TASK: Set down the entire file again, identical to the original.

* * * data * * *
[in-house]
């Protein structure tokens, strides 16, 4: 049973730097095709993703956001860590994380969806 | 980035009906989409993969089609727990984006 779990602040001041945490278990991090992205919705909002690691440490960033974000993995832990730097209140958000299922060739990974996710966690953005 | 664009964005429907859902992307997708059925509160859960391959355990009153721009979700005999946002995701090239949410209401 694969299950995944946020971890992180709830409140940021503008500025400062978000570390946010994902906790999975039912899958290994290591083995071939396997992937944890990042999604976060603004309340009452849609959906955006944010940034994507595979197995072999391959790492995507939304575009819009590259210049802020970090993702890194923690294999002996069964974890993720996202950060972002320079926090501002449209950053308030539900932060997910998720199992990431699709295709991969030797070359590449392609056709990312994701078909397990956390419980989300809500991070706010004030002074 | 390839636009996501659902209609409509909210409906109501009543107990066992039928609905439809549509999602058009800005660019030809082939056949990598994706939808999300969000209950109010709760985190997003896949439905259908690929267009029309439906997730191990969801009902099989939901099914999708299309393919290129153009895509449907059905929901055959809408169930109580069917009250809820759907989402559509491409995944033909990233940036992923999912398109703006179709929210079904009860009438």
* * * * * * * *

[in-house]
């Protein structure tokens, strides 16, 4: 049973730097095709993703956001860590994380969806 | 980035009906989409993969089609727990984006 779990602040001041945490278990991090992205919705909002690691440490960033974000993995832990730097209140958000299922060739990974996710966690953005 | 664009964005429907859902992307997708059925509160859960391959355990009153721009979700005999946002995701090239949410209401 694969299950995944946020971890992180709830409140940021503008500025400062978000570390946010994902906790999975039912899958290994290591083995071939396997992937944890990042999604976060603004309340009452849609959906955006944010940034994507595979197995072999391959790492995507939304575009819009590259210049802020970090993702890194923690294999002996069964974890993720996202950060972002320079926090501002449209950053308030539900932060997910998720199992990431699709295709991969030797070359590449392609056709990312994701078909397990956390419980989300809500991070706010004030002074 | 390839636009996501659902209609409509909210409906109501009543107990066992039928609905439809549509999602058009800005660019030809082939056949990598994706939808999300969000209950109010709760985190997003896949439905259908690929267009029309439906997730191990969801009902099989939901099914999708299309393919290129153009895509449907059905929901055959809408169930109580069917009250809820759907989402559509491409995944033909990233940036992923999912398109703006179709929210079904009860009438």